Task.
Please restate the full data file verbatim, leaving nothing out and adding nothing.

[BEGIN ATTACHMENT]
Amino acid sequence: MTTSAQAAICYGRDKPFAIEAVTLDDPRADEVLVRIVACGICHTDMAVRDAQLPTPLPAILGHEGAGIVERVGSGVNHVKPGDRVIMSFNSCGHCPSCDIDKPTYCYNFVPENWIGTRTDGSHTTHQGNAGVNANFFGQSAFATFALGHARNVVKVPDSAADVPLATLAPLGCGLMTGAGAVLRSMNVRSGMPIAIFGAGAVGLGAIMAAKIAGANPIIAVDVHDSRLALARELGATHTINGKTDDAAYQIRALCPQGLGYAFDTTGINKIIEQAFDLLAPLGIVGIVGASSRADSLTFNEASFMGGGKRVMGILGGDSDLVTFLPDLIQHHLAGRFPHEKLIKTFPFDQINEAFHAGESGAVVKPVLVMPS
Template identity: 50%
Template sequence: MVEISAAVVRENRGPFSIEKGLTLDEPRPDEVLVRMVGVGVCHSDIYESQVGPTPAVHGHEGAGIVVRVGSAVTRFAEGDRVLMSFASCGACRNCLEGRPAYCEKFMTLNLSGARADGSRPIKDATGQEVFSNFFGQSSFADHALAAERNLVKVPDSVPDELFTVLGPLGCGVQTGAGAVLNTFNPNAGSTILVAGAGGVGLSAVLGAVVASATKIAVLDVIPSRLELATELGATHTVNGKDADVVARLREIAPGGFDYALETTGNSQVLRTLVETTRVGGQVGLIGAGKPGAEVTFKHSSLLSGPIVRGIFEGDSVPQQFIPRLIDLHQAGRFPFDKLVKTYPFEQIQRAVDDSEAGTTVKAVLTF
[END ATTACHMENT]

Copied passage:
Amino acid sequence: MTTSAQAAICYGRDKPFAIEAVTLDDPRADEVLVRIVACGICHTDMAVRDAQLPTPLPAILGHEGAGIVERVGSGVNHVKPGDRVIMSFNSCGHCPSCDIDKPTYCYNFVPENWIGTRTDGSHTTHQGNAGVNANFFGQSAFATFALGHARNVVKVPDSAADVPLATLAPLGCGLMTGAGAVLRSMNVRSGMPIAIFGAGAVGLGAIMAAKIAGANPIIAVDVHDSRLALARELGATHTINGKTDDAAYQIRALCPQGLGYAFDTTGINKIIEQAFDLLAPLGIVGIVGASSRADSLTFNEASFMGGGKRVMGILGGDSDLVTFLPDLIQHHLAGRFPHEKLIKTFPFDQINEAFHAGESGAVVKPVLVMPS
Template identity: 50%
Template sequence: MVEISAAVVRENRGPFSIEKGLTLDEPRPDEVLVRMVGVGVCHSDIYESQVGPTPAVHGHEGAGIVVRVGSAVTRFAEGDRVLMSFASCGACRNCLEGRPAYCEKFMTLNLSGARADGSRPIKDATGQEVFSNFFGQSSFADHALAAERNLVKVPDSVPDELFTVLGPLGCGVQTGAGAVLNTFNPNAGSTILVAGAGGVGLSAVLGAVVASATKIAVLDVIPSRLELATELGATHTVNGKDADVVARLREIAPGGFDYALETTGNSQVLRTLVETTRVGGQVGLIGAGKPGAEVTFKHSSLLSGPIVRGIFEGDSVPQQFIPRLIDLHQAGRFPFDKLVKTYPFEQIQRAVDDSEAGTTVKAVLTF